Live: Isaac Hayes Fights Through It


I’m talking about the power of love now

Isaac Hayes
Prospect Park Bandshell
June 12, 2008

Isaac Hayes co-wrote “Soul Man” and “Hold On I’m Comin'” for Sam & Dave. He played the Duke in Escape From New York. He recorded a ten-minute disco-funk epic about threesomes. He headlined the 1972 Wattstax festival wearing a vest made out of chains. He showed up on “I Can’t Go to Sleep,” one of the most hallucinatory songs in Wu-Tang Clan history, basically playing Ghostface’s conscience. He wrote the euphoric “Theme From Shaft” and won an Oscar for it, becoming the first-ever black non-actor to win one. In the early 70s, he routinely turned Burt Bacharach pop standards into unrecognizable woozy endless psych-funk odysseys, which then became hits. At an age when most of his peers were either dead or fading away on the nostalgia circuit, he accepted a voice-actor role on a gleefully offensive cartoon about kids made from construction-paper cutouts, playing a character that spoofed his sexed-out persona, and he scored one of his biggest-ever international hits in character. Basically, Isaac Hayes is one of the most unfadeable badasses in pop-music history, and so it was an unpleasant shock to see that a stagehand had to help him to the stage at the Prospect Park bandshell last night.

Hayes suffered from a stroke a couple of years ago, and since then he’s cancelled a bunch of shows and given a bunch of rambling and incoherent interviews, so I feared the worst from his live show. This was the first in the Celebrate Brooklyn free-show series, and I’d guess that a pretty significant part of the crowd had no idea who he was, that they just came out to have picnics and hear music. That’s not a bad thing; this was a beautiful night, and I’m not one to complain about any free show taking place ten minutes from my apartment. But shows like this from veteran performers can easily turn into bland cruise-ship session-musician hell, and Hayes’s setup seemed to indicate that this one would be heading in that direction: no strings, three dudes with tinny keyboards responsible for all orchestral flourishes. And for the first couple of forgettable uptempo songs, the only real encouraging sign was Hayes’s voice, an iconically deep and sonorous baritone that’s been blessedly unaffected by the stroke. It’s weird hearing that voice come out of an actual human being, absolutely the same as it was on albums made forty years ago. But then, it was hard to actually see Hayes from most points in the Bandshell area; he spent most of the show stoically seated, possibly playing piano but I couldn’t see well enough to say for certain, only speaking to the crowd to say hi or to say the name of whichever member of his backing band had just played a solo. And they played a lot of solos.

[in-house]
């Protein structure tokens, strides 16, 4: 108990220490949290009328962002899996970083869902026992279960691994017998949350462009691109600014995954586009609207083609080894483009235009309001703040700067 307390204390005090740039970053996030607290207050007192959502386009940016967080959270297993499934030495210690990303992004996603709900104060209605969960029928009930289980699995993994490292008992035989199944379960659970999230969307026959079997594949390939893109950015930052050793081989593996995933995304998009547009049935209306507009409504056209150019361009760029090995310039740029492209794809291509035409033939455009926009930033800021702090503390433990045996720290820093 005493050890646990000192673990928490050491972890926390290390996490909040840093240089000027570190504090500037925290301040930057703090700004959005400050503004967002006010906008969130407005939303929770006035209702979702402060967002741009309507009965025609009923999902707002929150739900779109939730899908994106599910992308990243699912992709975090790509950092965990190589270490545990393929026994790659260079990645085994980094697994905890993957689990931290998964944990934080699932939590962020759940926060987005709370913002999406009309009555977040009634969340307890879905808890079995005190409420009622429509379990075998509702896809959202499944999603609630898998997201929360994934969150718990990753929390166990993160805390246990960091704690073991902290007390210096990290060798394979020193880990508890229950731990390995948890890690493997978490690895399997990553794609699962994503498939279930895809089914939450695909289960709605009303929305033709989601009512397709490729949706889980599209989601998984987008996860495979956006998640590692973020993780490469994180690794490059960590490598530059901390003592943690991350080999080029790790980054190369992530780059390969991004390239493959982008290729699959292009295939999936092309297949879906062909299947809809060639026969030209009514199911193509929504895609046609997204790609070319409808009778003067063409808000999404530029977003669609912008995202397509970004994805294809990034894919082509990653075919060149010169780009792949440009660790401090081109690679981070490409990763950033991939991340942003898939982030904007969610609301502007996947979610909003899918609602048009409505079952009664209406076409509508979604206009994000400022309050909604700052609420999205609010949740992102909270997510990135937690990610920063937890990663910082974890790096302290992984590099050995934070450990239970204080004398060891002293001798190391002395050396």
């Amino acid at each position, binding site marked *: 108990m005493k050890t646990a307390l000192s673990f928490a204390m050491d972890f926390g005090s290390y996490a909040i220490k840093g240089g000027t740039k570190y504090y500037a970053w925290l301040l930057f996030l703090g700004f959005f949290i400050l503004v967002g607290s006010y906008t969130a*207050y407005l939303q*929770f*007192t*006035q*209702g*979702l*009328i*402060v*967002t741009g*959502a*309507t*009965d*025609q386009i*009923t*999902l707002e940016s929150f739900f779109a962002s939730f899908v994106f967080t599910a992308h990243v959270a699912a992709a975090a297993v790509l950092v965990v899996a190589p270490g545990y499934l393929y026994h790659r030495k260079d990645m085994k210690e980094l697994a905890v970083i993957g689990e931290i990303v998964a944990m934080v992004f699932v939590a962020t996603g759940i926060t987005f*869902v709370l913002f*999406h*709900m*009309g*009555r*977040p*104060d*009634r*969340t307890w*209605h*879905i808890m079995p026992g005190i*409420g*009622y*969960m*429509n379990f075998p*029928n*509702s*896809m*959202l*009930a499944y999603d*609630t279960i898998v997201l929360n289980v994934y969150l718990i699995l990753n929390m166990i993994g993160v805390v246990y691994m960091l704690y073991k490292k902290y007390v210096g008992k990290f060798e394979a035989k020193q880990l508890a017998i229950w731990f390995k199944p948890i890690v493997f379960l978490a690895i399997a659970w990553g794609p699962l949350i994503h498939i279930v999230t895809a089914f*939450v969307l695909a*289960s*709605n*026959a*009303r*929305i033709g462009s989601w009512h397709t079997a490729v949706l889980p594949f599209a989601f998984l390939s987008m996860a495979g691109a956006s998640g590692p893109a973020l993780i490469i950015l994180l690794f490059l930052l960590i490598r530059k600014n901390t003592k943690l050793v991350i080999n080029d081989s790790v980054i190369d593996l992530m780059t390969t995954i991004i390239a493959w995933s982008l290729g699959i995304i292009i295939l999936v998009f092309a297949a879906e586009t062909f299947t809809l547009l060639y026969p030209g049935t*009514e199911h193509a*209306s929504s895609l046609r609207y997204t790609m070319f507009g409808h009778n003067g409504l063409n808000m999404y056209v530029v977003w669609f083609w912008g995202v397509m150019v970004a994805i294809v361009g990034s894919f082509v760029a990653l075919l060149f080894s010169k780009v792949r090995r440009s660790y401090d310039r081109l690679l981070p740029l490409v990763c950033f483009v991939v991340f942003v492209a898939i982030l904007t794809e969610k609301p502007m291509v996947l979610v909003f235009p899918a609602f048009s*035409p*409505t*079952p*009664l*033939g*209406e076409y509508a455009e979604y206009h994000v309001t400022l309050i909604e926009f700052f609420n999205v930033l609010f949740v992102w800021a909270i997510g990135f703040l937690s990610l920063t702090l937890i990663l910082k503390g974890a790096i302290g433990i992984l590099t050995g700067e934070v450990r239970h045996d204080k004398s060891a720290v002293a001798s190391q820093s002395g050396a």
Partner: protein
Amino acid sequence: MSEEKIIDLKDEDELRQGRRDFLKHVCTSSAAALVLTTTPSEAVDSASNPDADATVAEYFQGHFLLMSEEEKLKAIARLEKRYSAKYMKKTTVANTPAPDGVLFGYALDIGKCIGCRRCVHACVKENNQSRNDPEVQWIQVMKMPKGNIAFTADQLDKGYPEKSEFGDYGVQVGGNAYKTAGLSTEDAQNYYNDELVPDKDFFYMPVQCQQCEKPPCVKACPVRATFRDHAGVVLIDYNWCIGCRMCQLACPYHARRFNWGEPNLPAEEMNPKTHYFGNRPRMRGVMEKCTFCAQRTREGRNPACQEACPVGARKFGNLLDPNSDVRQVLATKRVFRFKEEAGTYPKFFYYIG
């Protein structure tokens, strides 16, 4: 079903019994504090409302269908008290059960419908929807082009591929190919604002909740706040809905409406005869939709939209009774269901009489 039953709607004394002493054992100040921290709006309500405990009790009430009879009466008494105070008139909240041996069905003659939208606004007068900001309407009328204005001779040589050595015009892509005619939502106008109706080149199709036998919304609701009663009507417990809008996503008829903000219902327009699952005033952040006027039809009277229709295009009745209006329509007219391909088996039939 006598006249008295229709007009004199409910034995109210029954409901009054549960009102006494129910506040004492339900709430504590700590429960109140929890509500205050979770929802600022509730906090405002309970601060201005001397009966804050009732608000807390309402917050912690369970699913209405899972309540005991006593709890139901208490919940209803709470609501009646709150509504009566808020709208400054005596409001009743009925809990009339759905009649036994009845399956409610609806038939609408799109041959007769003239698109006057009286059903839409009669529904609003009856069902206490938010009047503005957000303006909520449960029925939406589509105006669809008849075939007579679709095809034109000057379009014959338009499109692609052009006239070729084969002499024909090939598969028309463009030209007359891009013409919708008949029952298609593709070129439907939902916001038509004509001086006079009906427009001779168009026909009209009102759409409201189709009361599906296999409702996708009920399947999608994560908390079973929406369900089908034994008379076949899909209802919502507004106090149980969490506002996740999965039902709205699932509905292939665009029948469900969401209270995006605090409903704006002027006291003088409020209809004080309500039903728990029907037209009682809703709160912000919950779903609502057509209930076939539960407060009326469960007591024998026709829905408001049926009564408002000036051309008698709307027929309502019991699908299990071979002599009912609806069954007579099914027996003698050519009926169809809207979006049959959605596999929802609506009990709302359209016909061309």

But the whole atmosphere changed when “Walk On By” started. Even it its truncated form, that song’s heavy reverbed-out slow-burn atmospherics just kill, and the band nailed it perfectly: the twang on the guitar, the weightless backing singer bum-bums, everything. And I can’t say enough good things about the string of hits that followed: “Do Your Thing,” “”Never Can Say Goodbye,” “Soul Man.” Hayes not only still has the whole opening monologue of “By the Time I Get to Phoenix” down perfectly; he actually hit every inflection and turn of phrase without struggling or stuttering once. I knew exactly what was coming when Hayes rose from his chair near the end of the show, but I still got a rush hearing the opening cymbal-tics from “Theme from Shaft.” Through the song’s long intro, Hayes conducted his band like an orchestra, finally turning around to intone those deathlessly kitschy lyrics. Hayes held the stage for a good hour and a half, a deeply impressive feat for someone whose body has seen better days. So: a free outdoor show on a beautiful night in my neighborhood from a musical legend who might not be altogether well but who still puts serious work into his live show: This is basically why I live in New York.